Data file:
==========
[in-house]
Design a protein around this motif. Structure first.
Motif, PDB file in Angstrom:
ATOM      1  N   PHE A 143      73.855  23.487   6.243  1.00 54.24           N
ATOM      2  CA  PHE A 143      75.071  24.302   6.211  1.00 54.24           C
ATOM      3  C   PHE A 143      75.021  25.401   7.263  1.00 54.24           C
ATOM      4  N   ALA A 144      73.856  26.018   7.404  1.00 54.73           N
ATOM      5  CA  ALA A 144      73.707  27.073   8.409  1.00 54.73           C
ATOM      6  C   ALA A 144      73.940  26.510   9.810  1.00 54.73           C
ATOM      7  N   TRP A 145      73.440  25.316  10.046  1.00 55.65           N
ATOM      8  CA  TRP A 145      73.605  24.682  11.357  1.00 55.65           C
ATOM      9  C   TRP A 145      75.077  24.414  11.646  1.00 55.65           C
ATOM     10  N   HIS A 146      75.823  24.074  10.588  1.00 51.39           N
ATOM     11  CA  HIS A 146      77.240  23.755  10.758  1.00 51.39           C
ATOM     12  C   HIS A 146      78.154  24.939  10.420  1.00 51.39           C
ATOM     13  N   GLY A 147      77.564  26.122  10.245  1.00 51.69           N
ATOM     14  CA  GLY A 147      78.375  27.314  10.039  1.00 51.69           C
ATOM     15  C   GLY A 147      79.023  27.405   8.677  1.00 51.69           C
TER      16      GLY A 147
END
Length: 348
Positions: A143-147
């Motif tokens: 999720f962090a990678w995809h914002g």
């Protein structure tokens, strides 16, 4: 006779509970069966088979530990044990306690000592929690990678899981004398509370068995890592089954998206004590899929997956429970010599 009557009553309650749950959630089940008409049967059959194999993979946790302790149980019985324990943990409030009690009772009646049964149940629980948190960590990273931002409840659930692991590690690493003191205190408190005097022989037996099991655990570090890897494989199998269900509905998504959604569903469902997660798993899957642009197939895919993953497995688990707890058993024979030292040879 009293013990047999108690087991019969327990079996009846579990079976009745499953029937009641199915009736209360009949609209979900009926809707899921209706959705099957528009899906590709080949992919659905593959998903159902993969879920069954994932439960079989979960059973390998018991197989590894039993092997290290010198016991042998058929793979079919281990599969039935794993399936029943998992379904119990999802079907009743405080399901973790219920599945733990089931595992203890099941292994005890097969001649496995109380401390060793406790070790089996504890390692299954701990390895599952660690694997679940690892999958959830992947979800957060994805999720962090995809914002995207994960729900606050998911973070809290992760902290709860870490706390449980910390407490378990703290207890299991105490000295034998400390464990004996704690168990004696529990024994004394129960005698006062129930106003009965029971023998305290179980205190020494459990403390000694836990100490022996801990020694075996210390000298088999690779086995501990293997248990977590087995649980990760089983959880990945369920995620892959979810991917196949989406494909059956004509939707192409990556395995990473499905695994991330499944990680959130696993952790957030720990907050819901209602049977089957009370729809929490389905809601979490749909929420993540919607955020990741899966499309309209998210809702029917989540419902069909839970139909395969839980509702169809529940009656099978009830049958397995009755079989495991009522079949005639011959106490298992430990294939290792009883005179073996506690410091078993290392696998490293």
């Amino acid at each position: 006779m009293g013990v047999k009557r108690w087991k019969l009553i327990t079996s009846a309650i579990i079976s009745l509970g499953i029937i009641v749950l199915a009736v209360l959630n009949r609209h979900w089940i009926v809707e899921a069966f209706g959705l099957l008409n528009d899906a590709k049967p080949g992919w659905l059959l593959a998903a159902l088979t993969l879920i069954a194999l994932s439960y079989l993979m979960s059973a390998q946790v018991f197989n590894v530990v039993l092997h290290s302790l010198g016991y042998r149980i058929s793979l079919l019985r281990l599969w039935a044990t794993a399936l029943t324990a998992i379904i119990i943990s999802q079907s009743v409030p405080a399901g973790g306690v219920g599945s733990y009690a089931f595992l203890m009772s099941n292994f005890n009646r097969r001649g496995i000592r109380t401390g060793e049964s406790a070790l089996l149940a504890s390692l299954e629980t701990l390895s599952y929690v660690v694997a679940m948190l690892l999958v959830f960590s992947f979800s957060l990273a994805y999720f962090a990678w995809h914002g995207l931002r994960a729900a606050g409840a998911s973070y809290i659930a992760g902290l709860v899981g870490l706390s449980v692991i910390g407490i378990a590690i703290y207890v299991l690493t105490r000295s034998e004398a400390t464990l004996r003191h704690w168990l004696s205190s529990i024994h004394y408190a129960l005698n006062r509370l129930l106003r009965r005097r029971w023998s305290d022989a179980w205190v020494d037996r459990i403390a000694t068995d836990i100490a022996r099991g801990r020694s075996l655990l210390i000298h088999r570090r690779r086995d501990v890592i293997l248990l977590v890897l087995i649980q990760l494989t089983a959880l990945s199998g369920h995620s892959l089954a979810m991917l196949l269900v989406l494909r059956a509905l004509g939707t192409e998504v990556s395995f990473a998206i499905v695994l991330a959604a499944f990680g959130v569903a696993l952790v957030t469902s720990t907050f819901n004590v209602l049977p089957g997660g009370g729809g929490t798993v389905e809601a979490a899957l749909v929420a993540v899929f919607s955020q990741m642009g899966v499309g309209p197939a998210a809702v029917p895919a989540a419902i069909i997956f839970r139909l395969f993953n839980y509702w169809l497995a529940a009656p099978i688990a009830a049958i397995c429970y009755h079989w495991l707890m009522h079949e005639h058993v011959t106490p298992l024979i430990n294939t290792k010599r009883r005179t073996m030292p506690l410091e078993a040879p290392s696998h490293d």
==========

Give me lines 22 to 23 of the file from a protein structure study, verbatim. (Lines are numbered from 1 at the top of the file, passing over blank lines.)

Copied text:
Positions: A143-147
């Motif tokens: 999720f962090a990678w995809h914002g």